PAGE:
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Cheteshwar Pujara

Whatever the target, Pujara expects 'a good show' from Indian batsmen

Eng v Ind, 4th Test, reaction

Cheteshwar Pujara conceded that India could have batted better in the first innings in Southampton but maintained that with the surface slowing down, the Indian batsmen have a good chance of chasing whatever total they are set.

India had begun day three of the fourth Test against England at Southampton with a slender first-innings lead but ended it trailing England by 233 runs, with two wickets still to get. With 260/8 in the second innings, the hosts have regained their feet after what was a long day for the Indians, but not necessarily a tough one, according to their first-innings centurion, Cheteshwar Pujara.

"I don't think it was a tough day for us," Pujara said. "Looking at the pitch, it has slowed down a bit. Looks like it's slightly easier to bat and maybe we have got a lot of experience playing in such conditions back home, [something] our batsmen would have realised."

England were helped by a fine half-century by Jos Buttler (69) and valuable contributions from captain Joe Root (48) and Sam Curran, who built on his half-century in the first innings with an unbeaten 37 on Saturday, ensuring that the visitors, who are 2-1 down the series, will be chasing at least around 250 when they bat last.

"We started off well in the first innings but we lost too many wickets in the middle phase. If we had batted well, we would have got 100 or 150-run lead, but that is something in the past," Pujara said of India's first-innings effort, where they had slipped from 161/3 to 195/8 before Pujara led a rearguard with Ishant Sharma and Jasprit Bumrah, with the last two wickets adding a valuable 78 runs.

"But all the batsmen have realised what they need to do and I think we will put up a good show in the second innings and bowl them out early tomorrow."

This Test is also the first occasion when any Indian batsmen other than Virat Kohli scored a century in the series as Pujara went one up on his half-century at Trent Bridge, where he was dismissed on 72 in the second innings, to score an unbeaten 132. The 30-year-old credited his runs in the last Test match for this innings.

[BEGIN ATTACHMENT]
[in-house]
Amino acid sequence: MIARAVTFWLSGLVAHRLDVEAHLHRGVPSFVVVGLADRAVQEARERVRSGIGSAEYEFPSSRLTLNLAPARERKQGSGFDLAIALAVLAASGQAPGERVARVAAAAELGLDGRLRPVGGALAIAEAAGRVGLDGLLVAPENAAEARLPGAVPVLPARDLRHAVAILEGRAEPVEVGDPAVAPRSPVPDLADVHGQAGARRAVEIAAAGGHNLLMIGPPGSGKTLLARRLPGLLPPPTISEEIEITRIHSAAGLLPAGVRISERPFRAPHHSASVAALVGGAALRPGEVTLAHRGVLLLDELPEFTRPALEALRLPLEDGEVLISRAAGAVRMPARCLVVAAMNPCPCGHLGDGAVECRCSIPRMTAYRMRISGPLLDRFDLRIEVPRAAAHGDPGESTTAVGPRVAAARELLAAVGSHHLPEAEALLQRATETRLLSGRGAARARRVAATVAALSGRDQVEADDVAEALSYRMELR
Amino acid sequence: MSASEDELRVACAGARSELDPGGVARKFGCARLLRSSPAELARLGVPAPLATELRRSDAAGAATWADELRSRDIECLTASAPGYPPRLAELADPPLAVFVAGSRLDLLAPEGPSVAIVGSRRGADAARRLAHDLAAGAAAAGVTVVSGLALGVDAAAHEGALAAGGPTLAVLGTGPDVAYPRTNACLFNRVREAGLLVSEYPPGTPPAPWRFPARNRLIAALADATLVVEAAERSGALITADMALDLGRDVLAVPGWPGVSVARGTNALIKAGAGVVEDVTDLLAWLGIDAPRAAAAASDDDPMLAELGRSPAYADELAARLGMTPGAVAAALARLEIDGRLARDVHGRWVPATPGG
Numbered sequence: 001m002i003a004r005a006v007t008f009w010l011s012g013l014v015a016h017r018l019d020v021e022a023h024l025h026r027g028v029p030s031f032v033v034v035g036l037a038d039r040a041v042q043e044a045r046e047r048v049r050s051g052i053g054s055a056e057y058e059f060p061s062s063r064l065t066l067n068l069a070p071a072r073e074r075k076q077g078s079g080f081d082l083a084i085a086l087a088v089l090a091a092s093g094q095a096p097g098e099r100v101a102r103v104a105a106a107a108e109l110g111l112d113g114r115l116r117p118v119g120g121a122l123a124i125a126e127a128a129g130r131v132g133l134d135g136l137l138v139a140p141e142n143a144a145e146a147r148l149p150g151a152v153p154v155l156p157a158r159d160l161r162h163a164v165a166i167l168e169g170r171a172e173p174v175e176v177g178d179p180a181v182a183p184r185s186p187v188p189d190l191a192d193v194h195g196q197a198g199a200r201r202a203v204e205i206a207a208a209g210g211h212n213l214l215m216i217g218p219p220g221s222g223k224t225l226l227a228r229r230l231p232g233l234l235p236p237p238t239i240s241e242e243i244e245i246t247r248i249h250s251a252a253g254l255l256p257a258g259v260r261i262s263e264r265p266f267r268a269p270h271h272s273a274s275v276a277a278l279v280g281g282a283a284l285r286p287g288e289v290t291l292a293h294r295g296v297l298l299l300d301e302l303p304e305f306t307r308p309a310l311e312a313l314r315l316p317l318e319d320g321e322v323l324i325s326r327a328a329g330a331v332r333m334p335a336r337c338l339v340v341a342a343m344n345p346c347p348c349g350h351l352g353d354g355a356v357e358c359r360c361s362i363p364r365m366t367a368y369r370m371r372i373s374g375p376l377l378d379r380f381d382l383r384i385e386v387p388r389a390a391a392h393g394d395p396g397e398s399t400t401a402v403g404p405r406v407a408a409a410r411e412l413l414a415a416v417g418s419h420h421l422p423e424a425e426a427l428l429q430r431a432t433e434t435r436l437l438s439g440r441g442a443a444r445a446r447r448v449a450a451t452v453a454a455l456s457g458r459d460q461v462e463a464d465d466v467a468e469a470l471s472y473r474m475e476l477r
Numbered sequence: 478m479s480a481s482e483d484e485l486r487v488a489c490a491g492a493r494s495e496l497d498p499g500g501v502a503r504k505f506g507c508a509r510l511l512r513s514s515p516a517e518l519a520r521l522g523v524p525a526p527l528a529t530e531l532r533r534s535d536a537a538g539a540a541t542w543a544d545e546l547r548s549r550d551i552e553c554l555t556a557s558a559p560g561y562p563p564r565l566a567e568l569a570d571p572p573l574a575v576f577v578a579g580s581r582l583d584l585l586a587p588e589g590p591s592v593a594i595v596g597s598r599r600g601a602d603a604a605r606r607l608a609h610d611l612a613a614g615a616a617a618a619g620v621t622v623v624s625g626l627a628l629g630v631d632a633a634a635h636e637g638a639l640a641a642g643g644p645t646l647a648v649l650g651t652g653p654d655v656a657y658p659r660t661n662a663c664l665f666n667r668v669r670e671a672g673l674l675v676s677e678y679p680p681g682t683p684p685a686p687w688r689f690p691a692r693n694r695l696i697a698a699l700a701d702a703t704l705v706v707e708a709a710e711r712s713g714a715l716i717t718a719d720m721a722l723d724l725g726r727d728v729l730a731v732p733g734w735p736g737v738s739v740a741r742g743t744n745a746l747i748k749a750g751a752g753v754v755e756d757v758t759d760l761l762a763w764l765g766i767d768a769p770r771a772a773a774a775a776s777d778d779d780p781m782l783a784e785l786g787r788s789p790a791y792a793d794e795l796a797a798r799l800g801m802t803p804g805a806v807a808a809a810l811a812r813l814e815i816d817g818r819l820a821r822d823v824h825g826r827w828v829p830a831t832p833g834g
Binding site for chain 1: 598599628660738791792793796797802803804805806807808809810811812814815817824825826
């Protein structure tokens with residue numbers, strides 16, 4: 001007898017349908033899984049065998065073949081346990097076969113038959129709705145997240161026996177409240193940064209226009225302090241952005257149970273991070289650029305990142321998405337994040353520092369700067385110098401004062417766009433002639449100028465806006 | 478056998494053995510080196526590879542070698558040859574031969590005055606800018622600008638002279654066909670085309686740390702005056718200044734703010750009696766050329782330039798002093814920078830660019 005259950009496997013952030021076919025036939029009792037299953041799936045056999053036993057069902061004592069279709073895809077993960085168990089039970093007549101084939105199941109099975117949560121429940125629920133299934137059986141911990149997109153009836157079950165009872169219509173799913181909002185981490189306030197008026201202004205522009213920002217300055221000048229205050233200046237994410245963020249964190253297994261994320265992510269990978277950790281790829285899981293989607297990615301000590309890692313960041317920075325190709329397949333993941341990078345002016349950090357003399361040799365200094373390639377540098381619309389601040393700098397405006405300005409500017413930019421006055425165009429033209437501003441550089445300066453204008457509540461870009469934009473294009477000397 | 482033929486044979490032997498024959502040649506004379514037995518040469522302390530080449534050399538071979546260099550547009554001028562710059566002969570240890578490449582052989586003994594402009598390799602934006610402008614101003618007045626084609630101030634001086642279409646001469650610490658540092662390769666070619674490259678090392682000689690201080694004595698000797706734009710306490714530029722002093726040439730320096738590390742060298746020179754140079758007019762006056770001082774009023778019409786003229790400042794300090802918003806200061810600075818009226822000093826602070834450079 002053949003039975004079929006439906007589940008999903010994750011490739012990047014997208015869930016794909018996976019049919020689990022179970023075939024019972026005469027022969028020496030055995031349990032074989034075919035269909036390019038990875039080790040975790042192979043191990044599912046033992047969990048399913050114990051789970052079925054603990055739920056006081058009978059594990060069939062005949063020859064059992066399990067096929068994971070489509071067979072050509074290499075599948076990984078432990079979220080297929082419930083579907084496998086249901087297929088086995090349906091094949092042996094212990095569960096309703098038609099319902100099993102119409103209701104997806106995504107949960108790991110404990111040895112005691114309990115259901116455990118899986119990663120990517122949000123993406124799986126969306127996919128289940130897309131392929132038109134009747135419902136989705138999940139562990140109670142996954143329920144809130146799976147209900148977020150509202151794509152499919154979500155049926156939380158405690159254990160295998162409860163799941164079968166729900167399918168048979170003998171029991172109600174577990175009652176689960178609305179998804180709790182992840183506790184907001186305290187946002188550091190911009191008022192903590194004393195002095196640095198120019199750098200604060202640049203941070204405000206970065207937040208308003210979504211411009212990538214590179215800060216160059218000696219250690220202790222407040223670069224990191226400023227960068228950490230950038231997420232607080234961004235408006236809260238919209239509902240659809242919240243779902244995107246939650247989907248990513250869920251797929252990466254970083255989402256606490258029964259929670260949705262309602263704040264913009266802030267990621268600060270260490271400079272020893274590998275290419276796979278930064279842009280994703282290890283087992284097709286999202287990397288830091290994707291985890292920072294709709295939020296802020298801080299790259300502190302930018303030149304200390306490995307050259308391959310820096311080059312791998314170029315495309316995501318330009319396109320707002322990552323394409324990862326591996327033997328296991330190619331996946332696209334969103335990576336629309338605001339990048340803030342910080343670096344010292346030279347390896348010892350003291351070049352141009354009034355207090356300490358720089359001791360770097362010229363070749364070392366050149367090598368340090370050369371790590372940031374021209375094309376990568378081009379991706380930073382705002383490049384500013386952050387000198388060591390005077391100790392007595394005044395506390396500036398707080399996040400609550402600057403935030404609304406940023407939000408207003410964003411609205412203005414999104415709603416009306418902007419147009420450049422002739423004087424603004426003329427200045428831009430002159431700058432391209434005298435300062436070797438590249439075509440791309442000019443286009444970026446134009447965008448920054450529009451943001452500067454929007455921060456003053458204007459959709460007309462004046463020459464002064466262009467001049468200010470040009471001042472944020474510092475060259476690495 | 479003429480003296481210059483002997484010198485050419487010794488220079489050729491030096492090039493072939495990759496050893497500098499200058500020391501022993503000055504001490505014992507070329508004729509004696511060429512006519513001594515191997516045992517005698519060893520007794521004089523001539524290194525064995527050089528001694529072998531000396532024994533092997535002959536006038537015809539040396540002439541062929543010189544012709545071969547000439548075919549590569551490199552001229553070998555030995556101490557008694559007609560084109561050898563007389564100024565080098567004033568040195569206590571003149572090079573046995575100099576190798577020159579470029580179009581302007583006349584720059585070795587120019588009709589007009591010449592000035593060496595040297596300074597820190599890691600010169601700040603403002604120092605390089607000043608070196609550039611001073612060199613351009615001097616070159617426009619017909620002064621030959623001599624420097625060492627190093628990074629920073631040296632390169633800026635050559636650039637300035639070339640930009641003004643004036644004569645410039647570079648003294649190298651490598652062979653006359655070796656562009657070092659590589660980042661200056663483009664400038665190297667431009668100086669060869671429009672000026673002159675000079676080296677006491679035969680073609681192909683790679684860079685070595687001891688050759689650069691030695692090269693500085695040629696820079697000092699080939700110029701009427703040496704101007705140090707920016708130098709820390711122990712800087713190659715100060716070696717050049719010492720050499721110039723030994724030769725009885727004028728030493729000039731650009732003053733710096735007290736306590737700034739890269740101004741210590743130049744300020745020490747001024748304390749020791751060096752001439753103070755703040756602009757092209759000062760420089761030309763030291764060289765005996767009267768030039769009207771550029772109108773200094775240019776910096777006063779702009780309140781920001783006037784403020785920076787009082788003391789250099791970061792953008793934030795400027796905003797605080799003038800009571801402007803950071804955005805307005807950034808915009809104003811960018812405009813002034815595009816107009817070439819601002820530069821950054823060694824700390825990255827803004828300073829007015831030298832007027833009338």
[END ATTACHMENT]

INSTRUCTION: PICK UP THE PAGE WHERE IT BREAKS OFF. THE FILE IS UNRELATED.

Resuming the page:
"The most important thing was to score some runs in the last Test match," Pujara said. "I had been batting well throughout the season, although I didn't get too many runs in county cricket, but I was playing on some challenging wickets and sometimes, even if everything is correct, you do get out.

"So I just accepted that fact and kept working on my game. I don't think there was anything wrong with my technique or with my game. I just trusted it and it eventually paid [off] in the last Test match and once I got fifty, I knew I was up for a big one."

While Pujara batted for almost the whole of day two, his teammate Ravichandran Ashwin bowled 35 overs on day three, but could manage only a solitary wicket of Ben Stokes. The Indian off-spinner consistently beat the outside edge of both right and left-handed batsmen, extracting turn out of the rough created by the fast bowlers' foot marks, but could not translate those opportunities into wickets.

But Pujara didn't believe Ashwin had an off day. "I don't think he (Ashwin) had a bad day. He didn't get too many wickets but he still kept on bowling in the right areas," Pujara said.

I don't think Ashwin had a bad day; he didn't get too many wickets but he still kept on bowling in the right areas

"Sometimes as a bowler you do have such days when you're bowling well but you might not end up picking too many wickets. So someone like him ... I think he is a clever bowler and he has done really well for us throughout the domestic season and even overseas, so I don't think he has bowled badly at all.

"The pitch has slowed down a lot and that might be the reason some of his balls didn't go through as much as he might have wanted."

Ashwin bowled 35 overs in England's second innings but returned a solitary wicket
Ashwin bowled 35 overs in England's second innings but returned a solitary wicket

India are set to chase a moderately steep target on a surface that although has been touted as the best of the series by both captains, but hasn't been easy to score on. Does Pujara think India have the game to score that many on the last two days?

"Looking at this pitch, I think it always slows down a bit, but we have played on such wickets in India that tend to slow down as the game progresses," he said. "And even the bounce is low, so most of our batters are used to such bounce and that could be in our favour in the second innings."

We should have batted better against Moeen in the first innings

As India begin their pursuit of chasing whatever England set them, they should be vary of Moeen Ali, who picked up a five-wicket haul in the first innings and was the wrecker-in-chief for the visitors, as they lost five wickets for 30-odd runs in 14.1 overs.

"I think when he bowled in the first innings, the wicket was a little quicker and some of our batters could have batted a bit better," he said. "But he (Moeen) is a good bowler – I am not trying to take any credit away from the way he bowled. But we still should have batted better against him and in the second innings batters will have a better game plan against Moeen."

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